Editor's Note: To commemorate the 40th anniversary of the launch of Apollo 11, the Smithsonian National Air and Space Museum has been tweeting the historic mission starting today as if it were happening in real time. To follow along with man's first trip to the moon, check out their twitter feed at twitter.com/reliveapollo11 or click the image below.
[cnn-photo-caption image=http://i2.cdn.turner.com/cnn/2009/TECH/space/02/12/nasa.twitter/art.marslander.gi.jpg caption="Aldrin suggests a mission to colonize Mars would restore adventure of space travel]
Special to CNN
Four decades have passed since the summer of 1969, when Neil Armstrong, Mike Collins and I flew America's first lunar landing mission.
The passage of time has not faded either the memory of that summer or the importance of what we achieved, for our mission was about more than just exploring the moon.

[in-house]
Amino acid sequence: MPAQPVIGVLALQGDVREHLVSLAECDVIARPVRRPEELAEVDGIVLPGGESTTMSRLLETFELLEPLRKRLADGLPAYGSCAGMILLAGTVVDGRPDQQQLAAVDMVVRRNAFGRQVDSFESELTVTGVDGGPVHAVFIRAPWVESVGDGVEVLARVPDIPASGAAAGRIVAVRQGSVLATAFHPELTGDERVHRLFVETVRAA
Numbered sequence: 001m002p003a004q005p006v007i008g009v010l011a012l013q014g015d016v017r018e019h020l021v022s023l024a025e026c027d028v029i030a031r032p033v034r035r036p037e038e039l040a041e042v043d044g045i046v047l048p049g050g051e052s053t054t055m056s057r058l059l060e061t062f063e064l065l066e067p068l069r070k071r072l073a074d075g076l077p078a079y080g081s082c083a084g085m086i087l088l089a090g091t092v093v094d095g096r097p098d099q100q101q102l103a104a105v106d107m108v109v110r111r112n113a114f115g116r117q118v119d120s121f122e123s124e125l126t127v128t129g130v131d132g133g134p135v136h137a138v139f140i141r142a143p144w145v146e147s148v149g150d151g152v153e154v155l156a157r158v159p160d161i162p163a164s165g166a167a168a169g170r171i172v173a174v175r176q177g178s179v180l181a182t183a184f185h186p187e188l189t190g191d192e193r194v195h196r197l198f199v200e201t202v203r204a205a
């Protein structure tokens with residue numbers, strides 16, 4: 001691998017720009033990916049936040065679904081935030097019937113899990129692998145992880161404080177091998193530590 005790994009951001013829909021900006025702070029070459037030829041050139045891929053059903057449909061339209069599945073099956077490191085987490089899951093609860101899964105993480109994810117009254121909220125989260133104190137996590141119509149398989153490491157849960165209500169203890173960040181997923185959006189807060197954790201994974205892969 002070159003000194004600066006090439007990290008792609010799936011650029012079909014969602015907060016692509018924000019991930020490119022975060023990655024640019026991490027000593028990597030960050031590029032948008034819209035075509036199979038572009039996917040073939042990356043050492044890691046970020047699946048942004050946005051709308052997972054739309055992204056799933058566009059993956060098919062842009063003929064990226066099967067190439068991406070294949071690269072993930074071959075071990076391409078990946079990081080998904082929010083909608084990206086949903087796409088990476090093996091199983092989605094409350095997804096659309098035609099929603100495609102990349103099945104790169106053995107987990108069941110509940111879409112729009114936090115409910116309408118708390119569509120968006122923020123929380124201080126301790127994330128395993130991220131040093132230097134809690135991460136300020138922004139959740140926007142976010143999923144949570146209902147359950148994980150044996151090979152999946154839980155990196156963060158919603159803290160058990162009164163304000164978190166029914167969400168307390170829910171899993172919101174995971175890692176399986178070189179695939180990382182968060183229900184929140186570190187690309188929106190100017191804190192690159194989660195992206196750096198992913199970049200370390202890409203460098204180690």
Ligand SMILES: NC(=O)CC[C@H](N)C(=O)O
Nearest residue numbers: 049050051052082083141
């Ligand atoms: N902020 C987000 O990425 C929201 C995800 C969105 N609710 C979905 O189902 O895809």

On July 20, 1969, Neil and I were peering out the window of our lunar lander, the Eagle, as it descended toward the lunar surface. The ship's computer was steering us toward a field of boulders the size of cars.
That same computer - with less power than today's pocket calculators - was signaling that it was overworked and dangerously overloaded. Our single tank of fuel was nearly empty as we approached the surface, invisible to us, cloaked in a cloud of swirling dust.
Neil took manual control and flew us toward a smoother terrain. Then, as the shadow of our landing gear appeared etched onto the surface in the gloom, a light on our console flashed that contact had been made.